In a filing with the court, BP (NYSE:BP), Halliburton (NYSE:HAL) and Transocean (NYSE:RIG) say the numerous individuals and businesses may not have the right to sue the companies yet over the Gulf oil spill.
According to the court papers, BP and the others said they believe the alleged victims should have to take their claims to the $20 billion compensation fund before bringing a lawsuit against them.
Obviously the strategy of the oil companies is to push the lawsuits toward the escrow fund to deal with the matter in order to decrease the growing number of them.
Most of the types of lawsuits they're talking about are those where claims of economic losses are involved, especially workers and businesses.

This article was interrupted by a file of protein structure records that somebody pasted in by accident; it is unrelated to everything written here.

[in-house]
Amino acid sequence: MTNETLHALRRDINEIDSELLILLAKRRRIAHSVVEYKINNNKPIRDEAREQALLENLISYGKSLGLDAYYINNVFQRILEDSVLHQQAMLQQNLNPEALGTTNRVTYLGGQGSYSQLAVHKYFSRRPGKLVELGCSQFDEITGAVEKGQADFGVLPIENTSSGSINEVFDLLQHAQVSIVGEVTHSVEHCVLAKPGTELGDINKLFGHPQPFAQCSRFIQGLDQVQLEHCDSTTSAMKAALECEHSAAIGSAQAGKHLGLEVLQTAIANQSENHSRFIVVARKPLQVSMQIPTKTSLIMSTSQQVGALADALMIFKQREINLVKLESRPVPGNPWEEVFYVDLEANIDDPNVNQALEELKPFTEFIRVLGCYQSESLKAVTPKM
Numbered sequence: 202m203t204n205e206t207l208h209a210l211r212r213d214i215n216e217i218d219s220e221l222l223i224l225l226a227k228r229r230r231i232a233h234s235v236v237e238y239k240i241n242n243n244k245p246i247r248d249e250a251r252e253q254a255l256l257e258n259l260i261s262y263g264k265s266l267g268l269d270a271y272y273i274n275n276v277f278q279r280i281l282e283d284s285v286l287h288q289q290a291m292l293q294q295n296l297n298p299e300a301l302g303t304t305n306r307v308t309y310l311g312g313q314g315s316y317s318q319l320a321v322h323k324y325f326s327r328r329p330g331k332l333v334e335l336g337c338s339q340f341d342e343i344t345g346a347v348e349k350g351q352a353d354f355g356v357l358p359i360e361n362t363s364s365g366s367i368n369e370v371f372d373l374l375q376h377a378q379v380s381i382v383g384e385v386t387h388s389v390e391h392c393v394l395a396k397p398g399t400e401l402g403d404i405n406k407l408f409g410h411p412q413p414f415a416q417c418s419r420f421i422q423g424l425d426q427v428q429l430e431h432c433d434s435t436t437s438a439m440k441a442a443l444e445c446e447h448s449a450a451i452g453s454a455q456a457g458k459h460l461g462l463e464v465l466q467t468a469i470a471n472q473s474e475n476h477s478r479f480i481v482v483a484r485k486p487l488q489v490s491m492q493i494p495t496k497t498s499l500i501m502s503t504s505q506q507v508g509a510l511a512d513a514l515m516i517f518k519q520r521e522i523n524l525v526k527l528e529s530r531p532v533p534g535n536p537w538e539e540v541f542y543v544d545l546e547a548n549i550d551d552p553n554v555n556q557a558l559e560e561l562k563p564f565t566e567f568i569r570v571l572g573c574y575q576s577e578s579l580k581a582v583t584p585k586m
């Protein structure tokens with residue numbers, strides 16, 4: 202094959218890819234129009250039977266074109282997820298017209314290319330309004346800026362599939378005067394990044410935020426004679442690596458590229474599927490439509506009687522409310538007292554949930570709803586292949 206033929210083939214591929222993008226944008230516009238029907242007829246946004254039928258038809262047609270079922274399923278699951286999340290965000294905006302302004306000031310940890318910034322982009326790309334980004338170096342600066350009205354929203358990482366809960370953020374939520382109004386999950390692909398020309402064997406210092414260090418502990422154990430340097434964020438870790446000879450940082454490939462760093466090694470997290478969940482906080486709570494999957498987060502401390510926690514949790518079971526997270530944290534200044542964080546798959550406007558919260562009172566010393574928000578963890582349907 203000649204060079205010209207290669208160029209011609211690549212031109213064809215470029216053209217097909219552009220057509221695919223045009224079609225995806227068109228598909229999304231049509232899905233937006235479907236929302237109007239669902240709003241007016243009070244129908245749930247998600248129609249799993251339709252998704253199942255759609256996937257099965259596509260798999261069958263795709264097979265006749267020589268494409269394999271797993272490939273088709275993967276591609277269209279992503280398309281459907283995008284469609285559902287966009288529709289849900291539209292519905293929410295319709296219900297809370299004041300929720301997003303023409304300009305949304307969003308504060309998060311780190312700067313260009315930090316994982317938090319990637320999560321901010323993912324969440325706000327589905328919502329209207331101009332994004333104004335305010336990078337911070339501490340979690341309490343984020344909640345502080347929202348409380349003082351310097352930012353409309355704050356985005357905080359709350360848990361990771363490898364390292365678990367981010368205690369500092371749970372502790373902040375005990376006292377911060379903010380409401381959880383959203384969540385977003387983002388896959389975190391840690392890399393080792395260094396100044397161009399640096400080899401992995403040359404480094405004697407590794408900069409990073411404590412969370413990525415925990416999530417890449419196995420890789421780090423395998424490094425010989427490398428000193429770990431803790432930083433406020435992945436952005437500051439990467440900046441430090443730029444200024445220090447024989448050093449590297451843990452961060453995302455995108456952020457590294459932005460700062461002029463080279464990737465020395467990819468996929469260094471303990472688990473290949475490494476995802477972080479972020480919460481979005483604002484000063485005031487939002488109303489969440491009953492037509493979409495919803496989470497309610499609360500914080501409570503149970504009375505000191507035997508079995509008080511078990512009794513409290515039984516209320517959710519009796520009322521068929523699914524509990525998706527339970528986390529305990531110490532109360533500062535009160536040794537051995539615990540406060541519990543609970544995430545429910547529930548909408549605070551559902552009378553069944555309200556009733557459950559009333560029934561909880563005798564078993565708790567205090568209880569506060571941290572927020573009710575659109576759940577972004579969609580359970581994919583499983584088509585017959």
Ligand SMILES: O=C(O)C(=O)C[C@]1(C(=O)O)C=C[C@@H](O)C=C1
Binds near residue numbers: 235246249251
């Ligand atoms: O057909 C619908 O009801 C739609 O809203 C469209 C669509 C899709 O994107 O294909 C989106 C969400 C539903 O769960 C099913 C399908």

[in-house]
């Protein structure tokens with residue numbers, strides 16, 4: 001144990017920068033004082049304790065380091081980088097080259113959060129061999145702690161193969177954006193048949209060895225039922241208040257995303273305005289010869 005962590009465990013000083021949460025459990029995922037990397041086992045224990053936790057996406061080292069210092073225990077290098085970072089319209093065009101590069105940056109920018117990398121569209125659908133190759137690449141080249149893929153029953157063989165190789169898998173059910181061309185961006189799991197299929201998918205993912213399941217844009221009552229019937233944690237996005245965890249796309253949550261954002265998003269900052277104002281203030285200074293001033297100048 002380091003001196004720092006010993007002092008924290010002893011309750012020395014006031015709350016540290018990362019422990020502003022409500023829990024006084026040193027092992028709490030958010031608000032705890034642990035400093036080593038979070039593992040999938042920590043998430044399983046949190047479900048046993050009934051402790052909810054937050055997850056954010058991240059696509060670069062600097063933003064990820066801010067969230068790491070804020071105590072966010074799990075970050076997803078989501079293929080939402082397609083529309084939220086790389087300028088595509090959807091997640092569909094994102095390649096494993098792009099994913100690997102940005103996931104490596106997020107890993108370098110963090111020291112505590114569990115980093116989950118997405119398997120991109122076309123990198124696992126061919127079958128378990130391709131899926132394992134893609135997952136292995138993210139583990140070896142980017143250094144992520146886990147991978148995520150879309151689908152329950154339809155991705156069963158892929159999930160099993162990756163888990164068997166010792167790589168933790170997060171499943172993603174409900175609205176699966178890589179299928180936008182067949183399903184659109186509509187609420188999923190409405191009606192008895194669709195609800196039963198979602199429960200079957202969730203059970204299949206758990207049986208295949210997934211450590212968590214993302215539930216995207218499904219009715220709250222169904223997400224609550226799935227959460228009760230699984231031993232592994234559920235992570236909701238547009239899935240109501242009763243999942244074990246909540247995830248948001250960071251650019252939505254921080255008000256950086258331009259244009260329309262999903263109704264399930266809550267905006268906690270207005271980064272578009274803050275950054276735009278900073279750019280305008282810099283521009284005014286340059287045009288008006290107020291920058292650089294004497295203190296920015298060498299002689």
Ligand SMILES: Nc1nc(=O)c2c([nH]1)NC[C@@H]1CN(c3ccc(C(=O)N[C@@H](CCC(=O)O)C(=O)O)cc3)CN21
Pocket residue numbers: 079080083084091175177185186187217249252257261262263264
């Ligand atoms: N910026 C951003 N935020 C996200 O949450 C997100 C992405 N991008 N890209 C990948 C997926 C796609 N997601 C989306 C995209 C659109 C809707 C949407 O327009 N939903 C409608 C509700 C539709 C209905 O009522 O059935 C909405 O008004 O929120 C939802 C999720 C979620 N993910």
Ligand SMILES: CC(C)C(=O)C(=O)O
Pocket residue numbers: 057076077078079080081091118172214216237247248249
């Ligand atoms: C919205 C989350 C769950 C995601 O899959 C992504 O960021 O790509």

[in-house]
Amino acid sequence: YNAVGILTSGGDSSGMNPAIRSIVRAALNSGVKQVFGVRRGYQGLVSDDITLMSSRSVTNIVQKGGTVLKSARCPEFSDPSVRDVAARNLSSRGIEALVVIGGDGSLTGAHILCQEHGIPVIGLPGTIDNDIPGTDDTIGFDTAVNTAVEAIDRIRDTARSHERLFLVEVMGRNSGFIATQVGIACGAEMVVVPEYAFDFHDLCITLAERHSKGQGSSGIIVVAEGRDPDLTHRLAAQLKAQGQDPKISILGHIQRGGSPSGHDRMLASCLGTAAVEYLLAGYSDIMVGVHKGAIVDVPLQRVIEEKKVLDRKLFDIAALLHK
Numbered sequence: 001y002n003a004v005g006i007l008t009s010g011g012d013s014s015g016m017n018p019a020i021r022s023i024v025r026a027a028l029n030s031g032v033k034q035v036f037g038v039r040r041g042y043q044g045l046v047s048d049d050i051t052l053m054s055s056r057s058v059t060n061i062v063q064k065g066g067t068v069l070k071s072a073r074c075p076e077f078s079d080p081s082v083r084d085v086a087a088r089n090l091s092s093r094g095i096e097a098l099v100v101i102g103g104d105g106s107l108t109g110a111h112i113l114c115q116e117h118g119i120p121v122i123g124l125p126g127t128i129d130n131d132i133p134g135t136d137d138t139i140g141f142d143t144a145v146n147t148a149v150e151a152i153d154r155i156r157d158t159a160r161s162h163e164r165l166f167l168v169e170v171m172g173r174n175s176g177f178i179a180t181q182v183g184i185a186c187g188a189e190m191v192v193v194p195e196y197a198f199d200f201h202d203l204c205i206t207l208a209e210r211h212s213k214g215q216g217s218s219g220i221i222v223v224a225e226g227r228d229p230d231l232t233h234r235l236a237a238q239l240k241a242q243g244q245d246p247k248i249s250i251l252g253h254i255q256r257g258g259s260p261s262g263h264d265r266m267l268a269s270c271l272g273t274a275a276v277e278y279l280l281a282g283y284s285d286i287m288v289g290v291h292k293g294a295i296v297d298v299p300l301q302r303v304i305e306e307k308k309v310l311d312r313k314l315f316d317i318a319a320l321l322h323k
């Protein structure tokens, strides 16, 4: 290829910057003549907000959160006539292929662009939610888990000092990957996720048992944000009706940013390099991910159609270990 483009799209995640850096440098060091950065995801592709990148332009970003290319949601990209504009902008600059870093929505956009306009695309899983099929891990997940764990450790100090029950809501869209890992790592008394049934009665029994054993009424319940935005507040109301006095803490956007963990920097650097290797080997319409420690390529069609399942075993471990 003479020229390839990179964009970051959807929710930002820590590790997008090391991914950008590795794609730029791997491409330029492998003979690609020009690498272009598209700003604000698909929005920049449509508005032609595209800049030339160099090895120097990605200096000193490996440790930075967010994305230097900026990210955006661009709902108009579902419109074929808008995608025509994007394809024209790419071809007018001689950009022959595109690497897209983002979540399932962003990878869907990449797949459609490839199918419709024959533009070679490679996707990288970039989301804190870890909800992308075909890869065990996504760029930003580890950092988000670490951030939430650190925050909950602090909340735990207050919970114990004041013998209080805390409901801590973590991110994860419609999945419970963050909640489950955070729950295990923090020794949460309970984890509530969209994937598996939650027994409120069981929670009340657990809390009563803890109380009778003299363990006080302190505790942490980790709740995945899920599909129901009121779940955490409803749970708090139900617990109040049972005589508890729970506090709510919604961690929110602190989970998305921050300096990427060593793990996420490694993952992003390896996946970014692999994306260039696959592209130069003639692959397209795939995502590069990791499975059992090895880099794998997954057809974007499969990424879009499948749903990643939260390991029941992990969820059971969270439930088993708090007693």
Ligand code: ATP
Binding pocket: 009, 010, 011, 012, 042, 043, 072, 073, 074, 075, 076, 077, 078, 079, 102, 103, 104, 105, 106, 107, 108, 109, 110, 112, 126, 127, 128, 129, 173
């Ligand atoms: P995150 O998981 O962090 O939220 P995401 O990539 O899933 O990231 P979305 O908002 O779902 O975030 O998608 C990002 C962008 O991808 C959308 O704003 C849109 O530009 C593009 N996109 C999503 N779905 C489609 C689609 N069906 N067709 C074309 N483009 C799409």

The fund, administered by Kenneth Feinberg, would have 90 days to accept or reject a claim, which at that time the claimants could proceed with a lawsuit.
With things moving into the discovery stage and requests for documents and electronic communications being made, the oil companies said the question of the right to sue needs to be decided before they provide all the documentation to plaintiffs.
While the elimination of lawsuits looks like it's in the best interests of the oil companies, in truth, when you consider the fees by lawyers and amount of time it takes for many of these lawsuits to be played out, most of the alleged victims would be far better off taking the money from the escrow fund if they qualify, rather than pursuing lawsuits.
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